every headline hides a knotty show, like a glorified Rand Show, – that crucial social aspect of art One had an electric sense of all R1-million rock sculpture were
ZIMBABWE compound of contesting view- but instead of Kreeply Kraulies world networking. Although the the gallerists stepping up to the sold at the Everard Read stand
Gallery Delta points. So let’s unpack a few being on the floor, there are organizers did put a fair amount mark in a big, bold way – each on the opening night alone.) Per-
110 Livingstone Avenue,
of them. Firstly, let’s get the R150 000 sculptures.’ of effort into curating the Joburg putting his very best foot forward sonally though, as gratifying as
Greenwood Park, Harare,
Tel/fax: (263-4) 792135 curmudgeonly murmurs from the Art Week – a parallel programme to ensure the rent was worth it was to cruise those stalls and holier-than-thou clan of wannabe So we’ll start by accepting that of events that took place in and it. There was also evidence of absorb the ripples of the whole
Gilles Deleuzes out of the way. Art Fairs worldwide are ruthlessly around the Fair itself – most of artists, using the Fair as a public goddamn scene under one roof, I
Get your free copy The main muffled disgruntlement mercenary market-driven events. these events, including the big incentive to rise to their own think I’ll save my pennies for less
delivered to your door that seemed to circulate the The other slightly more legitimate Saturday night disco meltdown, private occasions. I was struck, peak moments on the global art peripheries of the late capital- beef was on the part of the gal- were located downtown. There for example, by the freshness of calendar.
South African Art Times. April 2008 Page 3

Joburg Art Fair pulls R27-m success JOHANS BORMAN
Not all the galleries were looking to turn a buck at the fair but most profited, writes Mary Corrigall
Although most gallerists were at the fair; many of the smaller of new clients; it means the mar- cost R1000 per square metre,
keeping their sales figures close gallery owners also waxed lyrical ket is growing. If the entrance making the 200 square metre
to their chests, by all accounts
the first Joburg Art Fair was a
about their takings.
One small independent Joburg
fee was cheaper (it cost R200) it
might have encouraged a wider
stands come with a price tag of
R200 000, according to Douglas. CAPE TOWN
roaring commercial success. gallery that preferred to remain selection of buyers,” observed Based on most gallerists’
According to Ross Douglas, anonymous said they received Rhodes. favourable feedback, however, it
head of Artlogic, the firm that a 500 percent return on their seems that everyone did recoup
staged the event, accumulative investment in the art fair. Heidi Erdmann of the Erdmann their costs. Well, except for Art-
sales amounted to R27 million. Not only did this gallery sell Contemporary and Photogra- logic that made a loss of R1-mil-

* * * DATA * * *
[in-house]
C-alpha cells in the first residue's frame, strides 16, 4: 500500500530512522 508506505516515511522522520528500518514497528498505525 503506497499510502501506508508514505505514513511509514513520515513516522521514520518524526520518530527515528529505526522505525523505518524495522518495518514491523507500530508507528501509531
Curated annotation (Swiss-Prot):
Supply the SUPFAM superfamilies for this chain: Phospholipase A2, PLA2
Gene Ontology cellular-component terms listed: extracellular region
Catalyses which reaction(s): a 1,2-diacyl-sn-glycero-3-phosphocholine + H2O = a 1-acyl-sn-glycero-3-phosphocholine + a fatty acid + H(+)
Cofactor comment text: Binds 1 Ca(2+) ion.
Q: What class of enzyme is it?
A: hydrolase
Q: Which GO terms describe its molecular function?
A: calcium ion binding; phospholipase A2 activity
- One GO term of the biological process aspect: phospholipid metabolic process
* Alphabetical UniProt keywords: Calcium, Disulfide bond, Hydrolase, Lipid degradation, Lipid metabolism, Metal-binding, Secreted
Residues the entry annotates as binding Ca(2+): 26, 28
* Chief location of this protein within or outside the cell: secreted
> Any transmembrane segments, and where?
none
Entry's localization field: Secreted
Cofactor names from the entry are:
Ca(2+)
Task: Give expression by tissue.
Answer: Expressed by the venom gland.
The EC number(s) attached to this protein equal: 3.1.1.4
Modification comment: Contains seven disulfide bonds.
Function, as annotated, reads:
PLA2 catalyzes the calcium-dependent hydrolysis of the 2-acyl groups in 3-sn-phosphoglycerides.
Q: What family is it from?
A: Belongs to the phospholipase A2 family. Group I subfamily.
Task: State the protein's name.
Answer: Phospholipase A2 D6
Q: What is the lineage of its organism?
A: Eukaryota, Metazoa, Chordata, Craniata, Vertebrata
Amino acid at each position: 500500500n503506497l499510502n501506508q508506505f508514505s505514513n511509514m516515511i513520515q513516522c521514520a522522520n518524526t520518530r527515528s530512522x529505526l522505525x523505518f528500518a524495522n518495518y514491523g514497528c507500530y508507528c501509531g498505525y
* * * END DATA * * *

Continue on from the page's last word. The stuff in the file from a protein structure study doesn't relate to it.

“It was a financial success. If everything in their stand but they phers Gallery in Cape Town lion, according to Douglas, who
- you compare the figures with the secured 40 advance orders for concurred with Rhodes, suggest- was unfazed by the outcome.
Glasgow Art Fair that has been artworks from their small stable ing that the majority of her sales “We expected to lose money in
running for a decade and only of artists. were to novice collectors and the first year, we will probably
did a turnover of around £1.2 “We totally underestimated what that recurrent art buyers didn’t only make a profit in the third
–million last year we are doing the sales were going to be like, venture past the Joburg galleries year,” he said.
incredibly well for our first year,” had we known we would have they normally patronised. She
said Douglas. brought more art with us to the also noticed the absence of As one may have gathered from
fair,” he said. corporate buyers. Douglas’ remarks, the Joburg Art
t Artworks were flying off the As a new gallery still establish- “There were no international Fair will not be a once off event.
makeshift walls at the fair, ob- ing a name and a client base curators, publishers or media at Douglas said that all of the 22
served Emma Bedford, director they found the art fair to be an the art fair like you get at interna- galleries that participated this Philip Barlow, Pause. 100 x 150 cm
of Goodman Cape. indispensable marketing tool. tional art fairs.” year and ten additional galleries
“Everybody was really upbeat. “We left the fair with a regis- Erdmann clocked up sales but have already expressed interest
We sold a phenomenal amount ter full of names and contact said she did not participate in the in taking part in the 2009 Joburg
of work; we had to rehang every- numbers of prospective clients,” art fair to make money. “I make Art Fair. A showcase for the best of
day. Linda (Givon) had reserva- beamed the gallery’s owner. enough sales from my gallery I South African Masters,
tions before the show but she is don’t need to attend an art fair to While no galleries have signed
beaming now,” said Bedford. Many up-and-coming Cape acquire sales.” on the dotted line as yet, Bed- as well as some leading
Town-based galleries, however, Erdmann participates in art fairs ford, Rhodes and Michau said contemporary artists.
Jacques Michau of the Everard seemed to be less enthusiastic around the world and says that they were all looking forward to
Read Gallery in Johannesburg about their financial returns, her primary motive for taking attend the fair next year.
dwas more than satisfied with his implying that they hadn’t partici- part is to network with interna- “The art fair really created a
gallery’s takings. pated in the fair to garner sales. tional curators and publishers sense of community between Telephone: 021 423 6075
“The sales were good.” “We approached the fair with so as to promote the artists she gallerists and dealers, I think
The Everard Read did not sell a different objective; we are a represents. For that reason she we have learnt that we need
all the artworks they displayed young gallery and we wanted felt that the Joburg Art Fair was to all stand together to make
but they had no problem shifting to make a statement. I think it disappointing. Erdmann also an impact internationally,” said Mon-Fri: 10h00 - 18h00
several pricier works in the R1- was obvious from the Julia Rosa felt that the booths were not Rhodes. Sat: 09h00 - 14h00
million region. Clarke installation that selling competitively priced. or by appointment
It was also rumoured that a 1947 wasn’t our top priority,” said